Firefighters have gained ground against wildfires that have killed at least 31 people in Northern California and left hundreds missing in the chaos of mass evacuations.
The death toll, revised upward by eight on Thursday, marked the greatest loss of life from a single California wildfire event in recorded state history, two more than the 29 people killed by the Griffith Park fire of 1933 in Los Angeles.
With 3500 homes and businesses incinerated, the so-called North Bay fires also rank among the most destructive.
The flames have scorched more than 77,000 hectares, an area nearly the size of New York City, reducing whole neighbourhoods in the city of Santa Rosa to ash and smouldering ruins dotted with charred trees and burned-out cars.
The official cause of the disaster was under investigation, but officials said power lines toppled by gale-force winds on Sunday night may have sparked the conflagration.
A resurgence of extreme wind conditions that had been forecast for Wednesday night and early Thursday failed to materialize, giving fire crews a chance to start carving containment lines.
But fierce winds were expected to return as early as Friday night, and a force of 8000 firefighters was racing to reinforce and extend buffer lines across Northern California before then.
Despite progress, fire crews remained "a long way from being out of the woods," Ken Pimlott, director of the California Department of Forestry and Fire Protection, told reporters in Sacramento, the state capital.
Mark Ghilarducci, state director of emergency services, added: "We are not even close to being out of this emergency."
Death toll could rise
Authorities have warned that the death toll from the spate of more than 20 fires raging across eight counties for a fourth day could climb higher, with more than 400 people in Sonoma County alone still listed as missing.
One of the greatest immediate threats was to the Napa Valley town of Calistoga, whose 5000-plus residents were ordered from their homes on Wednesday night as winds picked up and fire crept closer.
Calistoga Mayor Chris Canning said anyone refusing to heed the mandatory evacuation would be left to fend for themselves if fire approached, warning on Thursday: "You are on your own."
Melissa Rodriguez, her husband, baby and dog camped in the parking lot of a local college after smoke forced them to flee their Calistoga apartment.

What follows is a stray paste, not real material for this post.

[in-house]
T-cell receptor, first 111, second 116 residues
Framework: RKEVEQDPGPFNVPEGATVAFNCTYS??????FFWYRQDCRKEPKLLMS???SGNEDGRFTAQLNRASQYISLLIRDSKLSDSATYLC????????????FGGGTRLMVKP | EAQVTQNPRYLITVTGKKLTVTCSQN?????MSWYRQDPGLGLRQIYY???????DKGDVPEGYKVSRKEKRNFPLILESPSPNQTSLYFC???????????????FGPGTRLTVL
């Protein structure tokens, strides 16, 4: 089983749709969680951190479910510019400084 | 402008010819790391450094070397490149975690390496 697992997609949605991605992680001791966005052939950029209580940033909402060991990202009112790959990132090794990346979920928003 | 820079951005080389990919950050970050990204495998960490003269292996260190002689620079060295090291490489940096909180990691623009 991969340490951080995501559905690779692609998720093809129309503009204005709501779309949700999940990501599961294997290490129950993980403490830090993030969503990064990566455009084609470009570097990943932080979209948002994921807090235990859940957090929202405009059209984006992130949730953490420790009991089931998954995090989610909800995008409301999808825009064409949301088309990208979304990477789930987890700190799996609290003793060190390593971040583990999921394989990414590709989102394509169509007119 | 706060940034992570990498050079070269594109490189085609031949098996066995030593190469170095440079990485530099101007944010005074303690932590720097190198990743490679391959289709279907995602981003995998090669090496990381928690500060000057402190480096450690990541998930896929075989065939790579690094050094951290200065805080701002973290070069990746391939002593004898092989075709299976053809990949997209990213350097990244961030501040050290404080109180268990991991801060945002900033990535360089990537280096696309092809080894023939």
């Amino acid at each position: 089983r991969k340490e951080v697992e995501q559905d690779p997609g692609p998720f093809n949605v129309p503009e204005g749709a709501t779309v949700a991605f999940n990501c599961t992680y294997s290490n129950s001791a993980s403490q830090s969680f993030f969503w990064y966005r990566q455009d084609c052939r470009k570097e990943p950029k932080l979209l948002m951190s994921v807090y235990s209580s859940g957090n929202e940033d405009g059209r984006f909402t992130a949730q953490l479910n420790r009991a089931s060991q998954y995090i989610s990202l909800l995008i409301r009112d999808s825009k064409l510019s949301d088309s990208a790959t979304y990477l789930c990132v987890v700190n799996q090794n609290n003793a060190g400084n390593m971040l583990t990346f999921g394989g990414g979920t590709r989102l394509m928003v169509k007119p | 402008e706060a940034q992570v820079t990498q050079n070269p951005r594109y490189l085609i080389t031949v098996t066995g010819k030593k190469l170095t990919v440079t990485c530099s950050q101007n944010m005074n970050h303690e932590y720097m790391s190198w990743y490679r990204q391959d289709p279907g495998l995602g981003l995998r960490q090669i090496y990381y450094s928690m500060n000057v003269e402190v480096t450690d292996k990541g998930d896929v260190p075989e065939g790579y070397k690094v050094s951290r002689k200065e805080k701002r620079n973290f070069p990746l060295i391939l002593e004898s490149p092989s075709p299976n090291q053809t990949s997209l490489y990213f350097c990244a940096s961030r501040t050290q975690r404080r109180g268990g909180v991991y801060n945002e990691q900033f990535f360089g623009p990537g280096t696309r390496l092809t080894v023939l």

"We have high hopes it will still be there when we go back. ... It feels sad, helpless, there's nothing we can do."
The Tubbs fire on Thursday was within 3km of Calistoga, which was spared on the first night of the fires.
Whether the town burns "is going to depend on the wind," Calistoga Fire Chief Steve Campbell told Reuters. "High winds are predicted, but we have not received them yet."
Fire officials have said some people killed in the fires were asleep when flames engulfed their homes. Others had only minutes to escape as winds of over 97km per hour fanned fast-moving blazes. Mr Ghilarducci said the loss of cell towers likely contributed to difficulties in warning residents.
"We have found bodies that were completely intact, and we have found bodies that were no more than ash and bone," Sonoma County Sheriff Rob Giordano told reporters. He added that recovery teams would begin searching ruins with cadaver dogs.
Nearly 500 missing
As many as 900 missing-person reports had been filed in Sonoma County, although 437 had since turned up safe, Mr Giordano said.
It remained unclear how many of the 463 still listed as unaccounted for were actual fire victims rather than evacuees who failed to alert authorities after fleeing their homes, he said.
"The best we can pray for is that they haven't checked in," emergency operations spokeswoman Jennifer Larocque told Reuters.
Sonoma County accounted for 17 of the North Bay fatalities, all from the Tubbs fire, which now ranks as the deadliest single California wildfire since 2003.
About 25,000 people remained displaced on Wednesday as the fires belched smoke that drifted over the San Francisco Bay area, about 80km to the south, where visibility was shrouded in haze and vehicles were coated with ash.
The fires struck the heart of the state's world-renowned wine-producing region, wreaking havoc on its tourist industry, while damaging or demolishing at least 13 Napa Valley wineries.
The full economic impact of the fires on the wine industry was not immediately clear. But 90 percent of grapes in Napa Valley were picked before the fires broke out on Sunday, according to Napa Valley Vintners.
California's newly legalized marijuana industry also was hit hard, with at least 20 pot farms in Sonoma, Mendocino and Napa counties ravaged, said Hezekiah Allen, executive director of the California Growers Association.
All the farms were seeking permits to eventually serve California's nascent market for state-sanctioned recreational marijuana, Mr Allen said.